Publication in Journal of Cell Science : Cofilin regulates actin network homeostasis and microvillus length in mouse oocytes.

During meiosis, the oocytes that have completed their growth undergo a maturation process that allows them to become fertile gametes suitable for embryonic development. Oocyte maturation involves in particular a major reorganization of the actin cytoskeleton, leading in particular to polarization of the oocyte. This actin remodeling involves a number of molecules responsible for the polymerization of actin filaments according to different architectures. However, actin filaments are dynamic structures in constant renewal, because polymerization at one end is counterbalanced by depolymerization at the other end. The role of depolymerization mechanisms in the reorganization of oocyte actin is poorly understood.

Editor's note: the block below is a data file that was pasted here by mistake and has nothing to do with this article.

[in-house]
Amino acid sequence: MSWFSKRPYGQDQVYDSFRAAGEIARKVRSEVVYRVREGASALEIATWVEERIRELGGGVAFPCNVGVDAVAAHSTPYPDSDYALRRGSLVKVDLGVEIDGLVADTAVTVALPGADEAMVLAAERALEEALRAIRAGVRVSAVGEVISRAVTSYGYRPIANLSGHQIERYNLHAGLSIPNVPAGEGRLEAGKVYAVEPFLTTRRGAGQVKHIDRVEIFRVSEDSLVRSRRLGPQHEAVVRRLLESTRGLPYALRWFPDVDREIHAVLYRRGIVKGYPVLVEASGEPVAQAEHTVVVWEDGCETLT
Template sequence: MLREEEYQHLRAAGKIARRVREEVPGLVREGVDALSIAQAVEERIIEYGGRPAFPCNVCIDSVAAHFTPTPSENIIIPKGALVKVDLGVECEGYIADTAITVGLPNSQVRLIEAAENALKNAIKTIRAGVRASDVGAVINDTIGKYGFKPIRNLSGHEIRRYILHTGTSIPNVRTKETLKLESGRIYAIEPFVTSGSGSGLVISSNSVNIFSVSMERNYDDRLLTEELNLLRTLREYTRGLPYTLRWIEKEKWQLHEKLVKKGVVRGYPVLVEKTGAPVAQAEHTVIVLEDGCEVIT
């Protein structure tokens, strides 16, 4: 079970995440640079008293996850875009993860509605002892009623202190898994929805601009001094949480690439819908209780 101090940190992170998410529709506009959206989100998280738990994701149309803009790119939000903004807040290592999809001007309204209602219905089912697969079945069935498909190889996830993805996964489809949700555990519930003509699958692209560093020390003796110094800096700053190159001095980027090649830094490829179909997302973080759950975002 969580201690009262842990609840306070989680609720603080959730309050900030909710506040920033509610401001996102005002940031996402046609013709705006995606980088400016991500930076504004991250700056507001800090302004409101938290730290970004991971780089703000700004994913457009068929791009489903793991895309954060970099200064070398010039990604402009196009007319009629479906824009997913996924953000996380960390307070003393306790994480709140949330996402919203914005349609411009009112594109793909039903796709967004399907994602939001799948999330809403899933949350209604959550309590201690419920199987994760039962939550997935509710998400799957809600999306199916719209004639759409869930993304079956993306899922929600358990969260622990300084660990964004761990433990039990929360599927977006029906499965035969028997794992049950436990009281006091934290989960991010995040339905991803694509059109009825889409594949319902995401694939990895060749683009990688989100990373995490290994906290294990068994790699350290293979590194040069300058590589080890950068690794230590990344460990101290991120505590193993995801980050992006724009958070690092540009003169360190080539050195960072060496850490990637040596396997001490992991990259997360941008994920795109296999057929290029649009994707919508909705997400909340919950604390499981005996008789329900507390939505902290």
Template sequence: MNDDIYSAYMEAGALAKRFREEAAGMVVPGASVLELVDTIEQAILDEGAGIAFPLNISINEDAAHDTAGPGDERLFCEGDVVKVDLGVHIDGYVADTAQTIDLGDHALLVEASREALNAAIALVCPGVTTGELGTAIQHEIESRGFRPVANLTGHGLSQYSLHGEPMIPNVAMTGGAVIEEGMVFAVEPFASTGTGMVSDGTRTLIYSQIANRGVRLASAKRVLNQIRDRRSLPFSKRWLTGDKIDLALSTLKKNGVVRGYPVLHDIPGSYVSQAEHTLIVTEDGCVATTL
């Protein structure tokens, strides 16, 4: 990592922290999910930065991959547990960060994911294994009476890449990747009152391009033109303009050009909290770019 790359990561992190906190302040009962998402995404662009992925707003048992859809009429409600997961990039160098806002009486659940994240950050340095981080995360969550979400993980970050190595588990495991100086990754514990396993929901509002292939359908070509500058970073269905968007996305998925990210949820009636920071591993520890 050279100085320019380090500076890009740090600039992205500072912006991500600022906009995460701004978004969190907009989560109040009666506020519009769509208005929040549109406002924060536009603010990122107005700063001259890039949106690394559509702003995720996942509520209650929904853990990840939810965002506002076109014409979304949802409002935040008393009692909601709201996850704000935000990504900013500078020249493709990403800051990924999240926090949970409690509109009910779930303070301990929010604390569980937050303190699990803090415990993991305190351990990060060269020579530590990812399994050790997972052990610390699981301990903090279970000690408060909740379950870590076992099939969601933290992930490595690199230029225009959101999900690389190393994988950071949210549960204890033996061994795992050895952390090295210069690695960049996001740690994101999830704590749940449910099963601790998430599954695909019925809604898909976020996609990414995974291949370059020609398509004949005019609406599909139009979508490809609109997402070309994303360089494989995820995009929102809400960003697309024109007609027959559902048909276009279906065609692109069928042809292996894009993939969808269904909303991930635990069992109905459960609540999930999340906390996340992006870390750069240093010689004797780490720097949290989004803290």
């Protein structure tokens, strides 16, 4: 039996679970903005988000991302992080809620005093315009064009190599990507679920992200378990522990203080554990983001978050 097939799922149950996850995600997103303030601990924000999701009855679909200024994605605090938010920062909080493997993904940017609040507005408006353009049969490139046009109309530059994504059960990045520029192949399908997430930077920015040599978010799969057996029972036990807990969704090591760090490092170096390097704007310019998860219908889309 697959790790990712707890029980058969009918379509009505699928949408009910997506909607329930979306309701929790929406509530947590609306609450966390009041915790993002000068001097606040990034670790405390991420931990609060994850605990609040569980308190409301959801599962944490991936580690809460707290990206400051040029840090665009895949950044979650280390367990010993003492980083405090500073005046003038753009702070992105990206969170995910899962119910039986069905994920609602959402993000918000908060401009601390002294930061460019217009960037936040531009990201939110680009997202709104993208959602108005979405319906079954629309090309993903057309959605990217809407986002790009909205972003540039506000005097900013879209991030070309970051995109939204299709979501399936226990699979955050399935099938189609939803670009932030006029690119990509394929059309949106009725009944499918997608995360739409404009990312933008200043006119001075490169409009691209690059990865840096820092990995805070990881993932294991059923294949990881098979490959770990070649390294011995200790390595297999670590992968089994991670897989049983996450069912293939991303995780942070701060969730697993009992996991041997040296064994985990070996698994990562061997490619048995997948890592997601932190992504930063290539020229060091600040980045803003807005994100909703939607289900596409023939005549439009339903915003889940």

In this new study, the authors investigated the contribution of the protein Cofilin, which has been extensively described in somatic cells as promoting actin filament depolymerization. It is shown that in mouse oocytes, Cofilin is activated (by dephosphorylation) during early maturation. Cofilin was then inactivated by injecting the LIMK1 kinase into the oocytes - which phosphorylates Cofilin and prevents it from binding to actin. Under these conditions, the oocyte membrane microvilli become disproportionately elongated, while the cytoplasmic actin network disappears, resulting in maturation defects and inhibition of cytokinesis. Cofilin also regulates the dynamics of actin filaments for the correct establishment of cortical polarization. In conclusion, Cofilin activation represents a new key process in oocyte maturation.

This study also suggests that Cofilin regulates the length of membrane microvilli, structures found in particular in epithelial cells and whose dynamics are still poorly understood.